Despite my Pauline Kael obsession, the biggest influences on me in terms of criticism were the first wave of rock critics. I learned about the art of criticism from Dave Marsh and Ellen Willis and Robert Christgau and Lester Bangs and, most of all, Greil Marcus. Their work informed my own, even when I moved into academia.
Over the years, things blend together. I don’t always remember specifics … at 61, I find myself hoping I’m just getting old and not turning senile. I knew about “Party Lights” first because I read about it. It hit #5 on the charts in 1962, and you might think I was unaware of most pop music then (I turned 9 in June of ‘62). But I remember many of the songs from that year: “I Can’t Stop Loving You”, “Telstar”, “Big Girls Don’t Cry”, “Breaking Up Is Hard to Do”, “Duke of Earl”, “Green Onions”, “He’s a Rebel”, “If I Had a Hammer”, “Johnny Angel”, “The Locomotion”, “Norman”, “Palisades Park”, “Sherry”, “Soldier Boy”, “Town Without Pity”, “Twistin’ the Night Away”, “Walk Right In”. And when I say I remember them, I don’t mean if you played those songs now, I’d know what they were. I mean that I can remember hearing them in 1962.
But I don’t remember “Party Lights”. I’m not sure how it got my attention … actually, thanks to the great new website devoted to Greil Marcus, I probably can identify the moment “Party Lights” came to my attention. In the 1979 version of Rolling Stone’s history of rock and roll, Marcus wrote an essay on Girl Groups. (The Marcus website informs me that the piece originated in the Village Voice in 1975, but I wouldn’t have read it then.) Here is what Marcus wrote about “Party Lights”:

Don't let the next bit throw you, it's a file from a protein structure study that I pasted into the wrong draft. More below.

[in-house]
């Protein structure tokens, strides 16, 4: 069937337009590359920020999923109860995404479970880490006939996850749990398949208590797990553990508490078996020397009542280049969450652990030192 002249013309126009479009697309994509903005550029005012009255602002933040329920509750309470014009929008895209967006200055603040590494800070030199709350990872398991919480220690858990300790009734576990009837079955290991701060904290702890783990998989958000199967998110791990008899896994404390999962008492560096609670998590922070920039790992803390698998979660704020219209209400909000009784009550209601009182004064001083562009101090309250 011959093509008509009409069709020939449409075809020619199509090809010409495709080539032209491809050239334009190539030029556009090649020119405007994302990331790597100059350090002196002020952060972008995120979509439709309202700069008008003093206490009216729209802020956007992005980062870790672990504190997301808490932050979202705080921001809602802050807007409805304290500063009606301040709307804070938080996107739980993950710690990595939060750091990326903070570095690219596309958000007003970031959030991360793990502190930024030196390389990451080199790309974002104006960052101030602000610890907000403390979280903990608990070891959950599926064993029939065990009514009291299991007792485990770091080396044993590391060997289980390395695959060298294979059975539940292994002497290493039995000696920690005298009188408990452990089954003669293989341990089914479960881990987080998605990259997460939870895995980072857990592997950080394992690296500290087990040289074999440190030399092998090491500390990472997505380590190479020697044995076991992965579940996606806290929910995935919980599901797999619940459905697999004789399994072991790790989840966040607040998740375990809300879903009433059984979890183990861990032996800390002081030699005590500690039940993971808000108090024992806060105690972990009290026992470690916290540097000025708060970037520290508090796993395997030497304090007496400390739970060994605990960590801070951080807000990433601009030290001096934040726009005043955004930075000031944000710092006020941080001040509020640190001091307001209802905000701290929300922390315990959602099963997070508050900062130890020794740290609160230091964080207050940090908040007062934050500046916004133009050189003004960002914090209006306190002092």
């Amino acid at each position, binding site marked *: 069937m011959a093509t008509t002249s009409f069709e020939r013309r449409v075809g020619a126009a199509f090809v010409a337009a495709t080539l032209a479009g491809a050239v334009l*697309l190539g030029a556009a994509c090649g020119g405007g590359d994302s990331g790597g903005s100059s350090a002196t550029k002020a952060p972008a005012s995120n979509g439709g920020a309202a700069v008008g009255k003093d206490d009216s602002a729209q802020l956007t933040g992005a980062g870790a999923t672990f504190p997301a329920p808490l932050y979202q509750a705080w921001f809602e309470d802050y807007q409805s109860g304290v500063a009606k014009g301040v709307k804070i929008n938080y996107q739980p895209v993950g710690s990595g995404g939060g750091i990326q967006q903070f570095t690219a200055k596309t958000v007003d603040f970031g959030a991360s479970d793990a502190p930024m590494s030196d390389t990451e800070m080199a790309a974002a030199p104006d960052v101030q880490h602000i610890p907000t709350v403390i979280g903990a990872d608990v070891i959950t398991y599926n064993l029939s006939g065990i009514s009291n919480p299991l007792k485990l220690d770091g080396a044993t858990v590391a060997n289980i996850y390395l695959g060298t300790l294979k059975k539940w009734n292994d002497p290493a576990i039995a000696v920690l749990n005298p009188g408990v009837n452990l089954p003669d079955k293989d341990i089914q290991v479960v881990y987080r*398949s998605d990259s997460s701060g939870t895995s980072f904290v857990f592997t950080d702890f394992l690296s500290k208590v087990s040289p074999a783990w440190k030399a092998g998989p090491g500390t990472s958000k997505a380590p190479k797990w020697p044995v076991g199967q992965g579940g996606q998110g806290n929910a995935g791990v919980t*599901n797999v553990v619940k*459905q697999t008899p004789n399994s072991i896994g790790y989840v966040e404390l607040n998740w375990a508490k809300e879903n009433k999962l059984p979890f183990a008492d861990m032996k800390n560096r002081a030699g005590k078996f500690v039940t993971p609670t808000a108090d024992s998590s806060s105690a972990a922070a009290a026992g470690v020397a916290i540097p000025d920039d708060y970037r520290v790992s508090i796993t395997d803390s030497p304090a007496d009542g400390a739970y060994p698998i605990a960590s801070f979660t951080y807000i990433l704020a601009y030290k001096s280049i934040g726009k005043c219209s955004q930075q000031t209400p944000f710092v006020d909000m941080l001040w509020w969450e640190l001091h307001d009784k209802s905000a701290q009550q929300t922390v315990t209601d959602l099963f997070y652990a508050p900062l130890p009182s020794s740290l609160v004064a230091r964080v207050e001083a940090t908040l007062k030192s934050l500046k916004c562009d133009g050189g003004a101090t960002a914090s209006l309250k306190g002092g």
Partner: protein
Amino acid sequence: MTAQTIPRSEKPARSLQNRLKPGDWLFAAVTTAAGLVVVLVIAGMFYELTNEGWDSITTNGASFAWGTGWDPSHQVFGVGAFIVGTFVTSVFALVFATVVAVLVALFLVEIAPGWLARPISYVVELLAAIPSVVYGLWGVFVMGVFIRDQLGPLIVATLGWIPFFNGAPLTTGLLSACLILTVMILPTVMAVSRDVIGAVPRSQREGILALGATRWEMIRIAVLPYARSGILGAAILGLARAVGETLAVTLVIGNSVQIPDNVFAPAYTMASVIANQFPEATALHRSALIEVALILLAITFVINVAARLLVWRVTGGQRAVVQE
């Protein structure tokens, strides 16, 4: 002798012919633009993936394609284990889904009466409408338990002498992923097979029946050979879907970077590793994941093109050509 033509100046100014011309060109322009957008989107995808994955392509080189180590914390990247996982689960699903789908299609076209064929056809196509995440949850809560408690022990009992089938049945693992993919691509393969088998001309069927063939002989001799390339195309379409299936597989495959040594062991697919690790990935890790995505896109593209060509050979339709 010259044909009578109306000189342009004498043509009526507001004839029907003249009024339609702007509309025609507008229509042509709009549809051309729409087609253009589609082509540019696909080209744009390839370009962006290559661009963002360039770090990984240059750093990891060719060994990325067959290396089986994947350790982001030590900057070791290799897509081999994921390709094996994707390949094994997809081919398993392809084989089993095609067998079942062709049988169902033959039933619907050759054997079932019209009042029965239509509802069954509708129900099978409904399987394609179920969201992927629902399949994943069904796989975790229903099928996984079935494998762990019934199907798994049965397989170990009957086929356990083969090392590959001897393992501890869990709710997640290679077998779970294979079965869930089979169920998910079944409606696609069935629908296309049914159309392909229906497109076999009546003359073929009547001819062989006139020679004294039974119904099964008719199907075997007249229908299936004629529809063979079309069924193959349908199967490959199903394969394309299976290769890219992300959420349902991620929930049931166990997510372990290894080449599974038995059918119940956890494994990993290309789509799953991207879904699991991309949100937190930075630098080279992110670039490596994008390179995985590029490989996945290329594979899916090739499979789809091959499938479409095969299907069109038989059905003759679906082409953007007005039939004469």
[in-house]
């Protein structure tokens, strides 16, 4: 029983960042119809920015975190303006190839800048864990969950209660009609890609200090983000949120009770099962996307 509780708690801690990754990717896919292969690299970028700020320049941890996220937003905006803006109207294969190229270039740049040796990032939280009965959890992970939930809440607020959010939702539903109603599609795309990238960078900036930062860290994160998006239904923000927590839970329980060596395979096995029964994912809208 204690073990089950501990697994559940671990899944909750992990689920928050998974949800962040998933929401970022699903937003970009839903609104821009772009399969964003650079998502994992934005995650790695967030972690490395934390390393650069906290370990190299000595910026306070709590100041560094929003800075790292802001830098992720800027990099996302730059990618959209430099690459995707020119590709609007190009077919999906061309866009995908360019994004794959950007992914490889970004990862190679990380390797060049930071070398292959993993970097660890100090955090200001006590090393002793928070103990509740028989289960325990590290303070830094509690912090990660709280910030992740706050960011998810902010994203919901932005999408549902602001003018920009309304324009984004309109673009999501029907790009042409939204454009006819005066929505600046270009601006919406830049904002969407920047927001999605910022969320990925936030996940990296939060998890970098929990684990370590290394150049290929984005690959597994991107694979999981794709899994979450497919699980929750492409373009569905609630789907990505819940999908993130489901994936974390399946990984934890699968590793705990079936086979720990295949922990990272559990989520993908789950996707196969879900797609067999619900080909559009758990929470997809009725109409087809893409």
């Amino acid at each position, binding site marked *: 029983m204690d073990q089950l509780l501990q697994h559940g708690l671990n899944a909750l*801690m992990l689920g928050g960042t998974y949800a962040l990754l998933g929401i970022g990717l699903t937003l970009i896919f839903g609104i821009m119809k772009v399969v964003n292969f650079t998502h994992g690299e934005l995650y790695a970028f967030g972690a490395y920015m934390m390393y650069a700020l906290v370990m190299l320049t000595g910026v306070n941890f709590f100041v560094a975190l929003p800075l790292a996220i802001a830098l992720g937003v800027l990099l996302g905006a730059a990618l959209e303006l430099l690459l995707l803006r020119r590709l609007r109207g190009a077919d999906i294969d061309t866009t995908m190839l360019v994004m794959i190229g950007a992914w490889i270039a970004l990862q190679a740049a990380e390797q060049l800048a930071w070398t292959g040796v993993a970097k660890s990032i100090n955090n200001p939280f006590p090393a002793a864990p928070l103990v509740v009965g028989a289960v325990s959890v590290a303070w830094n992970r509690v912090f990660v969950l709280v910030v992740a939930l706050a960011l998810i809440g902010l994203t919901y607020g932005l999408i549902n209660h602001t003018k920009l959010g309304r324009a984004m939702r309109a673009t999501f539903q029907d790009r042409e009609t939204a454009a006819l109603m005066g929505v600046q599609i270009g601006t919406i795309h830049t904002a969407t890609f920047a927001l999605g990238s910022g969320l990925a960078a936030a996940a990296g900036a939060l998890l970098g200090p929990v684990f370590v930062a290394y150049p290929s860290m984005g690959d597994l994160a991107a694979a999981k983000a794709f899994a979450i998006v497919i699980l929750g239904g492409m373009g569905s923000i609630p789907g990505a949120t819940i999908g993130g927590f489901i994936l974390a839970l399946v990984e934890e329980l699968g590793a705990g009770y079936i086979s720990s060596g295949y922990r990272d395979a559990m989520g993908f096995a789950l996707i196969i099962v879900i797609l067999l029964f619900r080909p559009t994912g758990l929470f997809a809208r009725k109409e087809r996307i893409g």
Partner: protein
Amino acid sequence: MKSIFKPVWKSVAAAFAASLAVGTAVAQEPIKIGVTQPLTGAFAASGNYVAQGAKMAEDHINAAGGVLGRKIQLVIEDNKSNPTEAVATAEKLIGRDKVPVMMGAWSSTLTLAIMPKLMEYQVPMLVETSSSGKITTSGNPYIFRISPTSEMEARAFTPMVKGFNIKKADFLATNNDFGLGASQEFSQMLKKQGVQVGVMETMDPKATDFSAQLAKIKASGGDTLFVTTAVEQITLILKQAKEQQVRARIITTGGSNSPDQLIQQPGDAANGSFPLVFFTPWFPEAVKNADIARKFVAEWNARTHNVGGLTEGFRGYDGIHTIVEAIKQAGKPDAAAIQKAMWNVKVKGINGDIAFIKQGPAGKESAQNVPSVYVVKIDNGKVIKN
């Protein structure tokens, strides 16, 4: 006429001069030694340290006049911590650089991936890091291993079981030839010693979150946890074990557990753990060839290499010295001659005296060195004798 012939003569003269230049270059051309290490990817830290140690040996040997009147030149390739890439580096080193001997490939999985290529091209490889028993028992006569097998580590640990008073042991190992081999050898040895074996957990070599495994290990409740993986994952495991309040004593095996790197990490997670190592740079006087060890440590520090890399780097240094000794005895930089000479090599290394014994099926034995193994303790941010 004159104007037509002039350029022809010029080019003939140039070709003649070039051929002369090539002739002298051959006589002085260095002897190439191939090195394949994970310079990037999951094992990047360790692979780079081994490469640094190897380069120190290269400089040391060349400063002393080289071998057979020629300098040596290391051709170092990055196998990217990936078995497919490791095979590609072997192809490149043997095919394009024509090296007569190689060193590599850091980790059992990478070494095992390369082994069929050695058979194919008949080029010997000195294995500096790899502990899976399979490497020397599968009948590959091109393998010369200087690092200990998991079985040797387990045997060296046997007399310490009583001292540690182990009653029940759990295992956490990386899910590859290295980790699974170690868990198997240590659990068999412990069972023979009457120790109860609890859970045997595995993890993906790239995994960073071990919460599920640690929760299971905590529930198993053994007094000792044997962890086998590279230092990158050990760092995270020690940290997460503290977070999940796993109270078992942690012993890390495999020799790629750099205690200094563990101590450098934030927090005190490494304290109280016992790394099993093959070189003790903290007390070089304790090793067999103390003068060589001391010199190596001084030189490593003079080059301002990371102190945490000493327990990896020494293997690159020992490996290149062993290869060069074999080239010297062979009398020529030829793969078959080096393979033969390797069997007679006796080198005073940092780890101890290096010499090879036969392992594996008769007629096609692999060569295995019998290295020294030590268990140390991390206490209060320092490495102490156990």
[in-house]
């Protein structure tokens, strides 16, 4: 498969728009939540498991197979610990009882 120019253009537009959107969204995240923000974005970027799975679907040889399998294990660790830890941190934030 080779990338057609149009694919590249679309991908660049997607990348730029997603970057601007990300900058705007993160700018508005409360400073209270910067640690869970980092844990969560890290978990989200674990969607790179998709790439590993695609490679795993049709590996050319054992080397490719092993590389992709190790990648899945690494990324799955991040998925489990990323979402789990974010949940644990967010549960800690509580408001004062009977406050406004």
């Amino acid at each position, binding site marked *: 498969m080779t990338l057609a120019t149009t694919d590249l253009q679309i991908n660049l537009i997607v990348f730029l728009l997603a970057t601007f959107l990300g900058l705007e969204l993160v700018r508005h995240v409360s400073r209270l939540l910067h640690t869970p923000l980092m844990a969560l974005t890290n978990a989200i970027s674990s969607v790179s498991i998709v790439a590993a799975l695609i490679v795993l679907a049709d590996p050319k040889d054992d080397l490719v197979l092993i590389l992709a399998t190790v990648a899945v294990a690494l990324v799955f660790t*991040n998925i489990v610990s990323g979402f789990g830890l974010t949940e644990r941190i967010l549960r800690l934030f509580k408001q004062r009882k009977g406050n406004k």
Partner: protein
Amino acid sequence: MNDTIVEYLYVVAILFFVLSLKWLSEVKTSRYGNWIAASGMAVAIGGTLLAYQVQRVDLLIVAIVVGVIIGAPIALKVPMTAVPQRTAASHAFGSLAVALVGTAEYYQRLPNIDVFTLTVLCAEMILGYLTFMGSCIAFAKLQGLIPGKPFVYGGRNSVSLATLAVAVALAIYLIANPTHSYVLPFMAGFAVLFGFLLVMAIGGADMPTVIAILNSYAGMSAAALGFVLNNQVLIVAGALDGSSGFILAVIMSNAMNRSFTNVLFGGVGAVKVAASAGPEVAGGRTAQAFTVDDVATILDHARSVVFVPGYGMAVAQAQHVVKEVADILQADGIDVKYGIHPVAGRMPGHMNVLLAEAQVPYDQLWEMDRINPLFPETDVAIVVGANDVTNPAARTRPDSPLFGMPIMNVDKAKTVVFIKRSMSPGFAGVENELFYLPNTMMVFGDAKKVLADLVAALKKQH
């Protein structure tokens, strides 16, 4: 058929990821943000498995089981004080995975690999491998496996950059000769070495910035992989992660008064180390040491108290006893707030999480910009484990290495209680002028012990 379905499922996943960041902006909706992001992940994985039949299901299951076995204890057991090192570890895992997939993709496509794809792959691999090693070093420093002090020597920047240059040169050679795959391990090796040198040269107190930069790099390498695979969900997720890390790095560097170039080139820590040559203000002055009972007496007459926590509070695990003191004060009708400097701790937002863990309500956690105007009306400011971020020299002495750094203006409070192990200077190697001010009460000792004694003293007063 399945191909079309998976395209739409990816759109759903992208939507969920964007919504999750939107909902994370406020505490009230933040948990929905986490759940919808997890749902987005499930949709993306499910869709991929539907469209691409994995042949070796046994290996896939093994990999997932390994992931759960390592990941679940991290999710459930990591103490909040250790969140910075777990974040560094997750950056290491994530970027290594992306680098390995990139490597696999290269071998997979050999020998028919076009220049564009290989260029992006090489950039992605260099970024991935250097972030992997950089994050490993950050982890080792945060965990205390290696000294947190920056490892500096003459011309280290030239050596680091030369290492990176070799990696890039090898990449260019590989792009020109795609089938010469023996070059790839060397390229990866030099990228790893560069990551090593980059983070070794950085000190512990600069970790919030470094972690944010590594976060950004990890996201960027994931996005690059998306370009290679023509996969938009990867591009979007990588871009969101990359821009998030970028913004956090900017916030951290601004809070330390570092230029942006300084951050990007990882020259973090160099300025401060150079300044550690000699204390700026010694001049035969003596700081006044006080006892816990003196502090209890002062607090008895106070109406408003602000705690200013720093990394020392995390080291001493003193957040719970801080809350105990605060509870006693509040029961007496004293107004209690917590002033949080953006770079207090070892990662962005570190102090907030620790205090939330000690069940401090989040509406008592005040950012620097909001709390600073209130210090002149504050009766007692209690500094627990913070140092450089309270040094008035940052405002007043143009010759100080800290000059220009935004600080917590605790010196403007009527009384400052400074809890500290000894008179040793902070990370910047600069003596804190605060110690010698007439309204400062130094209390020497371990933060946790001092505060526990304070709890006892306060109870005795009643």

There’s nothing at all to this record after the first five seconds or so, but those five seconds have enough emotion packed into them to last the average rock ‘n’ roller a whole career (which is what they did for Claudine—she never made the chart again). That beginning is The Party—house busting wide open, music sailing out the window, bottles and bodies and Buicks on the lawn, the good times rollin’ like they never did, and our girl is stuck right next door, imprisoned by her evil mother. “But mama, everybody in the Crowd is there!” Peeking through her window she can see that “they’re doing the Twist… the Mashed Potatoes!” (Must be her favorite.) Well, it doesn’t matter; she’s not getting out. But the way she wails in those first few moments is all that counts: “I see the party lights!”
I disagree with Marcus that it’s all about the first five seconds … Clark maintains her fever for the entire length of the song. What is wonderful, what is thrilling, what is astonishing to this day is how much emotion Clark puts into the simple desire to go to a party. In her singing, she expresses the anguish of every teenager prevented from doing that one thing which is more important than ANYTHING IN THE WORLD, because your mom said you couldn’t. There is the specific dismay of missing the party … there is the universal nature of her teenage lament … it’s not going too far to say Clark turns that missed party into an existential statement about lost opportunities.
And sure, it’s “just a silly pop song”, but the way Clark sings it, “just” and “silly” are completely off.